Thank you, Rick Salutin, I agree with your sentiments, except that I would use stronger language.CBC is simply being dumbed-down everywhere. I very much fear that it will, before long, reach the point of no longer being worthy of public support as a true quality national broadcaster.Perhaps the worst example is the lukewarm-dull Jian Ghomeshi, a man who is basically a pop recording promoter with nothing interesting to say – Dick Clark forty years later – taking up the venerable morning slot of Radio One. Simply ghastly for those who appreciate intelligent talk

Hip-hop – the ultimate dumbed-down music, and not infrequently a form of genuine hate-speech or insipid anti-hate, is now pushed on almost every show.

I spent one half-hour with the new Evan Soloman political show, replacing Don Newman’s outstanding Politics. It is a disaster of quick takes and flashing signs, resembling one of the crasser sites on the Internet.

My wife and I absolutely hate it. Don Newman brought a subtle, penetrating intelligence to quality interviews with national figures, and he had people capable of replacing him, notably the astute Susan Bonner, but, no, this pop guy was slammed in ahead of them with a goofy Sesame Street format.

Perhaps the most depressing thing about CBC Radio – always in the past a beacon of excellence not equaled by the television network – is the now generally low quality of the news broadcasts.

First, it often presents stories as brief headlines which immediately raise more questions than they answer. You just have to say to yourself, is there no editor thinking about what’s being said?

Second, it is just unblinkingly stupid about matters like illness, spreading foolishness and fears instead of hard facts. During SARS – a disease that killed 44 people when ordinary flu and pneumonia kill thousands every year – the network was turned into a morning-to-night source of poor information, containing no perspective.

Later, all we heard about was bird flu, despite the fact that bird flu never became a serious threat.

Now, it’s H1N1 morning until night, almost never with anything new or truly helpful being said.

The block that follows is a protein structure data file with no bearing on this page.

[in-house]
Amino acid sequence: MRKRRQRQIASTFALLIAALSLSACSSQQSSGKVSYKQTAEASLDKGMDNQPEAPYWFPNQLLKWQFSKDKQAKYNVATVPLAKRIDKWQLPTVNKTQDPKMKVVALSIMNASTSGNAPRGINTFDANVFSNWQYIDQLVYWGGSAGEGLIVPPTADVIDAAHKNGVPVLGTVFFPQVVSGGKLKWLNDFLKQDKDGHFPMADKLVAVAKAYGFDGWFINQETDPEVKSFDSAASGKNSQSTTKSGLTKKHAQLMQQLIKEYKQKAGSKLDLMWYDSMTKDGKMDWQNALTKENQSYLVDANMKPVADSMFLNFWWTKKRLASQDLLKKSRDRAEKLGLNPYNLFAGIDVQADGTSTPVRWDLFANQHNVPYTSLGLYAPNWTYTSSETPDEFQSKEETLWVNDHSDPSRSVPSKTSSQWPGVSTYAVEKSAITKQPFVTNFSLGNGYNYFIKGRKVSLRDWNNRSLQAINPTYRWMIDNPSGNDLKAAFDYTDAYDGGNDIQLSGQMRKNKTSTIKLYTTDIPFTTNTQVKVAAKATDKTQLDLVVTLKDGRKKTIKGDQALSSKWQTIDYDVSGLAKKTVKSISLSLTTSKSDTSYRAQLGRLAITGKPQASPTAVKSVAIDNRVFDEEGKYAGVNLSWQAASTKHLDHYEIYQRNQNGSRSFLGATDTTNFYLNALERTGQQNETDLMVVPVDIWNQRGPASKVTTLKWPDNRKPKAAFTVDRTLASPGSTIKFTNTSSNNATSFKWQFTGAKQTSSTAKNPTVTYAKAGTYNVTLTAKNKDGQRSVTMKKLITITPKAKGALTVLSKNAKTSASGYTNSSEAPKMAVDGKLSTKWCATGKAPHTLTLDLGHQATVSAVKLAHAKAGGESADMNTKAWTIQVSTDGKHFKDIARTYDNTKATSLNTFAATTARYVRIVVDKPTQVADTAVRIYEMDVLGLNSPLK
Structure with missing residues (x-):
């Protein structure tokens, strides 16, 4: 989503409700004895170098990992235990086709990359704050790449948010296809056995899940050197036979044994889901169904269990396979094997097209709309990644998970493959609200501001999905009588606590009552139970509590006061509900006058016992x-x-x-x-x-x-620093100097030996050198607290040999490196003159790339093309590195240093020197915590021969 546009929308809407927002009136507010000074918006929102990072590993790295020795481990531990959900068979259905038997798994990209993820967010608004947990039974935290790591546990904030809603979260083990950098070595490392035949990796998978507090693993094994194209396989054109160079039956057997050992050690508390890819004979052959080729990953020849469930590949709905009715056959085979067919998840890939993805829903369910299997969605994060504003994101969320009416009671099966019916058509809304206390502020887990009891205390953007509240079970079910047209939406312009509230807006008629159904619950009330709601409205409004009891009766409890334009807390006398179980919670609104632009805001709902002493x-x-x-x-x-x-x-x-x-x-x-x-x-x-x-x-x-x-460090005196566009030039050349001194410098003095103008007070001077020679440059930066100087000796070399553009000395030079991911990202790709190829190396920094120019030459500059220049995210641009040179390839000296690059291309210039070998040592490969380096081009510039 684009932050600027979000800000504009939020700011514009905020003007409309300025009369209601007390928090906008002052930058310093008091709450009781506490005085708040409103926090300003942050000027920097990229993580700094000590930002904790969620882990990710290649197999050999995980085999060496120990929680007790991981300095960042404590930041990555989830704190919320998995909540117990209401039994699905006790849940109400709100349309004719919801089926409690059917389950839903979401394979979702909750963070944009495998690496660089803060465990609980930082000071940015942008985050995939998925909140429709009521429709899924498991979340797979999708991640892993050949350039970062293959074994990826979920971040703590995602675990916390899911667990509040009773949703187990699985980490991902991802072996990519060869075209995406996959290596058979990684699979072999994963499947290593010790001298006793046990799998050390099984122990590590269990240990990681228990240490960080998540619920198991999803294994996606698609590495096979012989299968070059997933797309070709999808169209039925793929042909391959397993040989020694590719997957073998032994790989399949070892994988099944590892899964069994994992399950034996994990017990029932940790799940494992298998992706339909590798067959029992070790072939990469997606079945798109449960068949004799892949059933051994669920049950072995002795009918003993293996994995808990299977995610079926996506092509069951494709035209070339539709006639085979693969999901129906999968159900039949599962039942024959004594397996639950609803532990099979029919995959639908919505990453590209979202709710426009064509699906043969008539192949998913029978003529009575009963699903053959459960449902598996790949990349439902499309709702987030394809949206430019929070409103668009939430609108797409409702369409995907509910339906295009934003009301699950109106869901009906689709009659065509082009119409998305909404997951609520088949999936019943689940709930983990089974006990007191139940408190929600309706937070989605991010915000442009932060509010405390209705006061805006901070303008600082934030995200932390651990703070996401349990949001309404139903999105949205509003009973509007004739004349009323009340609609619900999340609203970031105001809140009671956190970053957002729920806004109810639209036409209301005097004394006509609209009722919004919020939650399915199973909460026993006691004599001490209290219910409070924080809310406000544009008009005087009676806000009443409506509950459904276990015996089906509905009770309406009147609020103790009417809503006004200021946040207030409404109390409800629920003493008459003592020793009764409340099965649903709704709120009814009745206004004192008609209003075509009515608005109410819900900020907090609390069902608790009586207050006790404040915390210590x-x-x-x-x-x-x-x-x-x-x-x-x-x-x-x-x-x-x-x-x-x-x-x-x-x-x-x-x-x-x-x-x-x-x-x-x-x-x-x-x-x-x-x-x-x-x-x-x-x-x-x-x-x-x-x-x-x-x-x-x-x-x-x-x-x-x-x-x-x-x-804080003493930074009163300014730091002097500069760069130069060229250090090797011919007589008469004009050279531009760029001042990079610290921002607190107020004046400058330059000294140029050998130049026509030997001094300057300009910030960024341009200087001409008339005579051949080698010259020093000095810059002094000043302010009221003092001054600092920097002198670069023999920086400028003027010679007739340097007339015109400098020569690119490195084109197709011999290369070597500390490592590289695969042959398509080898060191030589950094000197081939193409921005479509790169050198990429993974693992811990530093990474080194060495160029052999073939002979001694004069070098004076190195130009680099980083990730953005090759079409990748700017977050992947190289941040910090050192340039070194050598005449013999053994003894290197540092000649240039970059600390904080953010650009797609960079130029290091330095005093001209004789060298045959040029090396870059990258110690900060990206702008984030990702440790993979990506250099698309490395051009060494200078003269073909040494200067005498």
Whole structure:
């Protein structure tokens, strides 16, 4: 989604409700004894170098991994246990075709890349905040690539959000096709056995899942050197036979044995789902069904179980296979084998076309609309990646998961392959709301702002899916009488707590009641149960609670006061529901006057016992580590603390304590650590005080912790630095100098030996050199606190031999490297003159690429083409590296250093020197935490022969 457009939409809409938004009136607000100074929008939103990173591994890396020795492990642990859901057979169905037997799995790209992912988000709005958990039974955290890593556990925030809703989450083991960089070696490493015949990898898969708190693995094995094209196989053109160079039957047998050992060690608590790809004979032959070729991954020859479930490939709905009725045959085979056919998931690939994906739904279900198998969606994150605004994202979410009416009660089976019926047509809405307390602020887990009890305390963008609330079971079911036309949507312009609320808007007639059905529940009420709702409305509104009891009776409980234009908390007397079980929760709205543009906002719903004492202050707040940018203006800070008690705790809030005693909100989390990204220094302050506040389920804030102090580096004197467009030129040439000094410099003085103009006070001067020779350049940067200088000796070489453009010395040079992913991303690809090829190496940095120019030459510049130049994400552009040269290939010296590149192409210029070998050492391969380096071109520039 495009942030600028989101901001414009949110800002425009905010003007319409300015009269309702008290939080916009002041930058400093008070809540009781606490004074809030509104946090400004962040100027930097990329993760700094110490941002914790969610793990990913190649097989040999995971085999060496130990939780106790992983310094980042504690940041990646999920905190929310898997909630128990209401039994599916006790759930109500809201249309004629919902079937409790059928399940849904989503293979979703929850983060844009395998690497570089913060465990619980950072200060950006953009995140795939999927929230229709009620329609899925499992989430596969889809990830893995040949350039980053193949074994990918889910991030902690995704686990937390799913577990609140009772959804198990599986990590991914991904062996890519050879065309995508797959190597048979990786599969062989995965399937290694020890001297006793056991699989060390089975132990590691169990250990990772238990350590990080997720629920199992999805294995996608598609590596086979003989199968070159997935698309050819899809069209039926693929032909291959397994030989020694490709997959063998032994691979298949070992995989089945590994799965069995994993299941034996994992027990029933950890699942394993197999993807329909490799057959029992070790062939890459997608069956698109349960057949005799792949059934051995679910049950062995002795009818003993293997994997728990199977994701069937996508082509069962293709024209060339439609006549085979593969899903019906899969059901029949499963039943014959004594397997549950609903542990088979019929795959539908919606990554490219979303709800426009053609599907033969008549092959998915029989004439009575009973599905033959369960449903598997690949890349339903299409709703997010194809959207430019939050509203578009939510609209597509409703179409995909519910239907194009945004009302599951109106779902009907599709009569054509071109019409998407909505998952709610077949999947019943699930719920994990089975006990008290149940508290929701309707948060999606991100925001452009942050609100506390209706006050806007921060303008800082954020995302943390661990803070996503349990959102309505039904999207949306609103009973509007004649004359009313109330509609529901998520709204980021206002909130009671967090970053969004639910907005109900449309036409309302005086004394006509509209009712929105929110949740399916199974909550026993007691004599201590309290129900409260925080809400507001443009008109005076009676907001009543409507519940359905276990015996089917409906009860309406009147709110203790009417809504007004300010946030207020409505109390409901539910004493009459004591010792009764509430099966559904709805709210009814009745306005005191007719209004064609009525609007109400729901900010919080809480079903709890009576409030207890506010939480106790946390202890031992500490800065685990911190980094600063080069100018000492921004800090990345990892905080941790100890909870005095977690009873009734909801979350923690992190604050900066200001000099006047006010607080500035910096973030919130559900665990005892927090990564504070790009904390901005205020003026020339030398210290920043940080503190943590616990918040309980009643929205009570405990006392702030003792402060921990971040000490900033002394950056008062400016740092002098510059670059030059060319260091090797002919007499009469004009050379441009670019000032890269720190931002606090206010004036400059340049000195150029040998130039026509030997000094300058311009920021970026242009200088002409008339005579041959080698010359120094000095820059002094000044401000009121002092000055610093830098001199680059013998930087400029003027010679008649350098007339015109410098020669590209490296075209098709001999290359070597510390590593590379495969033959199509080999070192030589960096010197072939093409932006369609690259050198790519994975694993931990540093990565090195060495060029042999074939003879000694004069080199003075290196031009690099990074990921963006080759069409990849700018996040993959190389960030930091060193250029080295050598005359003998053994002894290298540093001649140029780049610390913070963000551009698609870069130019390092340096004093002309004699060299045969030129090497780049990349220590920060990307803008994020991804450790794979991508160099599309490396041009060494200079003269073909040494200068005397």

The only exception I’ve heard was on The Current with the superb Anna Maria Tremonti in a piece where we learned of important research showing that it is likely opportunistic bacterial infections on top of H1N1 causing deaths, not just the flu virus.

I actually hear ungrammatical language at times on morning news casts out of Toronto, language which would never have been tolerated in the past.

CBC Radio still has some genuine treasures: Eleanor Wachtel, Kathleen Petty, Bob McDonald, Bernard St. Laurent, Bill Richardson, Michael Enright, Rick Mercer, and others, but what is notable about the list is the average advanced age. What happens when they retire? More (ugh!) Ghomeshi and (yuck!) Soloman and (gasp!) Stroumboulopoulos.

There will then be absolutely no reason for a “national broadcaster.”


Radio 2 has a case of the same chronic acne afflicting Radio 1.

There are some exceptions, but the disease has ravaged a fair portion of the network’s public face.

I just do not understand why the public broadcaster has to ape the worst of commercial broadcasting.

The whole point of a public broadcaster is to offer thoughtful talk and excellent music not found other places.

It is just a fact that such broadcasts will never be wildly popular, but they are there for anyone to turn to.

Becoming pop and dumb is like turning the opera into just one more rock band. There’s no point.